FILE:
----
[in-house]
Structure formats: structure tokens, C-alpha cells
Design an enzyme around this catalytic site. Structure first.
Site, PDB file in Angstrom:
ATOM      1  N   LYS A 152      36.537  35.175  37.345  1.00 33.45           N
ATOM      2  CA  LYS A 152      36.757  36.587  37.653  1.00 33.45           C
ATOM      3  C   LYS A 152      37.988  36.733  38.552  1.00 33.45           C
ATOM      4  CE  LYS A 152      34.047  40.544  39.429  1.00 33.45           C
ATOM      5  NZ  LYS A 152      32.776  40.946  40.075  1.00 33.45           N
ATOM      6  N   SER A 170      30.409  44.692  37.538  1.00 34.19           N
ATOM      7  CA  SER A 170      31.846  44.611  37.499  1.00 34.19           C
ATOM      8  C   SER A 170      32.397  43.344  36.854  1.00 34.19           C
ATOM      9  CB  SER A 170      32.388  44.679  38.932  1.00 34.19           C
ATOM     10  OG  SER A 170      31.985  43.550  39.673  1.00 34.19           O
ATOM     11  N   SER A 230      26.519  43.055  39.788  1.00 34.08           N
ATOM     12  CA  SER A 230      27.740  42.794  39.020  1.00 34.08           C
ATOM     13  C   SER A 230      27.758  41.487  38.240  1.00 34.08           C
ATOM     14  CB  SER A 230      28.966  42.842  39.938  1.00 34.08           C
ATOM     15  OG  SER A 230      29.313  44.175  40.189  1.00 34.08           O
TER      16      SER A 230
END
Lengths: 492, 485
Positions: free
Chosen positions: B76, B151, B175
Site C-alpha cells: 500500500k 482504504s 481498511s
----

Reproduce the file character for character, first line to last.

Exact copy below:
[in-house]
Structure formats: structure tokens, C-alpha cells
Design an enzyme around this catalytic site. Structure first.
Site, PDB file in Angstrom:
ATOM      1  N   LYS A 152      36.537  35.175  37.345  1.00 33.45           N
ATOM      2  CA  LYS A 152      36.757  36.587  37.653  1.00 33.45           C
ATOM      3  C   LYS A 152      37.988  36.733  38.552  1.00 33.45           C
ATOM      4  CE  LYS A 152      34.047  40.544  39.429  1.00 33.45           C
ATOM      5  NZ  LYS A 152      32.776  40.946  40.075  1.00 33.45           N
ATOM      6  N   SER A 170      30.409  44.692  37.538  1.00 34.19           N
ATOM      7  CA  SER A 170      31.846  44.611  37.499  1.00 34.19           C
ATOM      8  C   SER A 170      32.397  43.344  36.854  1.00 34.19           C
ATOM      9  CB  SER A 170      32.388  44.679  38.932  1.00 34.19           C
ATOM     10  OG  SER A 170      31.985  43.550  39.673  1.00 34.19           O
ATOM     11  N   SER A 230      26.519  43.055  39.788  1.00 34.08           N
ATOM     12  CA  SER A 230      27.740  42.794  39.020  1.00 34.08           C
ATOM     13  C   SER A 230      27.758  41.487  38.240  1.00 34.08           C
ATOM     14  CB  SER A 230      28.966  42.842  39.938  1.00 34.08           C
ATOM     15  OG  SER A 230      29.313  44.175  40.189  1.00 34.08           O
TER      16      SER A 230
END
Lengths: 492, 485
Positions: free
Chosen positions: B76, B151, B175
Site C-alpha cells: 500500500k 482504504s 481498511s